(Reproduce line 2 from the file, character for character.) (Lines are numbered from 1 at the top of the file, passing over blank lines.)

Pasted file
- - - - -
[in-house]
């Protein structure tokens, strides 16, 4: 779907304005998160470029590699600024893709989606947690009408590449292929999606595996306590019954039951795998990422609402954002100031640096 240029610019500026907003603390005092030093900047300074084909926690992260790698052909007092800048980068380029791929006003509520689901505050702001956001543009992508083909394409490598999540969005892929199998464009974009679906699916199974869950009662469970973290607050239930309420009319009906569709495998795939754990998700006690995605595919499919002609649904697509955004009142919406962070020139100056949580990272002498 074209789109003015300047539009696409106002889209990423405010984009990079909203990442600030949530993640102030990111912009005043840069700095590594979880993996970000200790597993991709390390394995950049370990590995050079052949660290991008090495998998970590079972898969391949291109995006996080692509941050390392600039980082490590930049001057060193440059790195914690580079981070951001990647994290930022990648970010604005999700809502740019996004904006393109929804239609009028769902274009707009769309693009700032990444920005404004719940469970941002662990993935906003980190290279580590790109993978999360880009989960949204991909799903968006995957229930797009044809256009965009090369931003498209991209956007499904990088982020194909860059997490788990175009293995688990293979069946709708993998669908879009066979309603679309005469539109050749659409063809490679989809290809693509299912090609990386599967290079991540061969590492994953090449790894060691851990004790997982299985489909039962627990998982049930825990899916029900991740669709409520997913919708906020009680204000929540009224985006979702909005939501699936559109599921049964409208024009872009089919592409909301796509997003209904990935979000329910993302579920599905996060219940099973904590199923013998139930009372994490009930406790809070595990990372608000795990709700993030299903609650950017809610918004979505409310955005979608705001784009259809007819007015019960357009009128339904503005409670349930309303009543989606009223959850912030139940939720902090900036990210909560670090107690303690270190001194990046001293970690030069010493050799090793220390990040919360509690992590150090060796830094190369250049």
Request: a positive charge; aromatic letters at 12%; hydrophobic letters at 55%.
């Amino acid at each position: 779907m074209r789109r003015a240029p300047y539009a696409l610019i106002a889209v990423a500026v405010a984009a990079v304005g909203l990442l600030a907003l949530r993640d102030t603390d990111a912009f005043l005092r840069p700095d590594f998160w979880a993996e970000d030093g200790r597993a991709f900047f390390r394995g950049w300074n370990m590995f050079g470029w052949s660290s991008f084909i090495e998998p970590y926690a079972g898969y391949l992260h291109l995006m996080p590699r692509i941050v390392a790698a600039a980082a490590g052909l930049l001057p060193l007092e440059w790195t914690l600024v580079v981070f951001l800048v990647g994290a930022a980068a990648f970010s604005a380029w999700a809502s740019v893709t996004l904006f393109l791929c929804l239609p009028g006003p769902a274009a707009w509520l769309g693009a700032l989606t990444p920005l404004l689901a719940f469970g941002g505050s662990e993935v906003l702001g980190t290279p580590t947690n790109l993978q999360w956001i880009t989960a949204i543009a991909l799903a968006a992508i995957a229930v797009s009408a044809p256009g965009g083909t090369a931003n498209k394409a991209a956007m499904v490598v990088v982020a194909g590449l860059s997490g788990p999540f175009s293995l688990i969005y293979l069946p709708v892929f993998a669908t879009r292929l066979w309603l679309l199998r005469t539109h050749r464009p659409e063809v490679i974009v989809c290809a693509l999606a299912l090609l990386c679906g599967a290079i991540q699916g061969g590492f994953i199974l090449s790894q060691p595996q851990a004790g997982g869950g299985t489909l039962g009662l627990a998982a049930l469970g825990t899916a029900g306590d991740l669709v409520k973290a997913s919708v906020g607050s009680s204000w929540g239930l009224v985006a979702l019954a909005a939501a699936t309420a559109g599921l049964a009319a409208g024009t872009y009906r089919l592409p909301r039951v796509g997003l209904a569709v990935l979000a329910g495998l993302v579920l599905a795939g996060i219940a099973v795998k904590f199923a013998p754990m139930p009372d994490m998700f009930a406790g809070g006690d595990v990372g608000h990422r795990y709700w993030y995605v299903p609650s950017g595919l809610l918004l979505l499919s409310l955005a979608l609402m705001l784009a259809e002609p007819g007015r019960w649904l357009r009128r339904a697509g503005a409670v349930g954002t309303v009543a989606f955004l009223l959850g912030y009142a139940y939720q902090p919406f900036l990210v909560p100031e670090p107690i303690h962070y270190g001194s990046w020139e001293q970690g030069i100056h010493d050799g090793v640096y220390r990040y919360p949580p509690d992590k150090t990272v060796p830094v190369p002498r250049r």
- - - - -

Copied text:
């Protein structure tokens, strides 16, 4: 779907304005998160470029590699600024893709989606947690009408590449292929999606595996306590019954039951795998990422609402954002100031640096 240029610019500026907003603390005092030093900047300074084909926690992260790698052909007092800048980068380029791929006003509520689901505050702001956001543009992508083909394409490598999540969005892929199998464009974009679906699916199974869950009662469970973290607050239930309420009319009906569709495998795939754990998700006690995605595919499919002609649904697509955004009142919406962070020139100056949580990272002498 074209789109003015300047539009696409106002889209990423405010984009990079909203990442600030949530993640102030990111912009005043840069700095590594979880993996970000200790597993991709390390394995950049370990590995050079052949660290991008090495998998970590079972898969391949291109995006996080692509941050390392600039980082490590930049001057060193440059790195914690580079981070951001990647994290930022990648970010604005999700809502740019996004904006393109929804239609009028769902274009707009769309693009700032990444920005404004719940469970941002662990993935906003980190290279580590790109993978999360880009989960949204991909799903968006995957229930797009044809256009965009090369931003498209991209956007499904990088982020194909860059997490788990175009293995688990293979069946709708993998669908879009066979309603679309005469539109050749659409063809490679989809290809693509299912090609990386599967290079991540061969590492994953090449790894060691851990004790997982299985489909039962627990998982049930825990899916029900991740669709409520997913919708906020009680204000929540009224985006979702909005939501699936559109599921049964409208024009872009089919592409909301796509997003209904990935979000329910993302579920599905996060219940099973904590199923013998139930009372994490009930406790809070595990990372608000795990709700993030299903609650950017809610918004979505409310955005979608705001784009259809007819007015019960357009009128339904503005409670349930309303009543989606009223959850912030139940939720902090900036990210909560670090107690303690270190001194990046001293970690030069010493050799090793220390990040919360509690992590150090060796830094190369250049």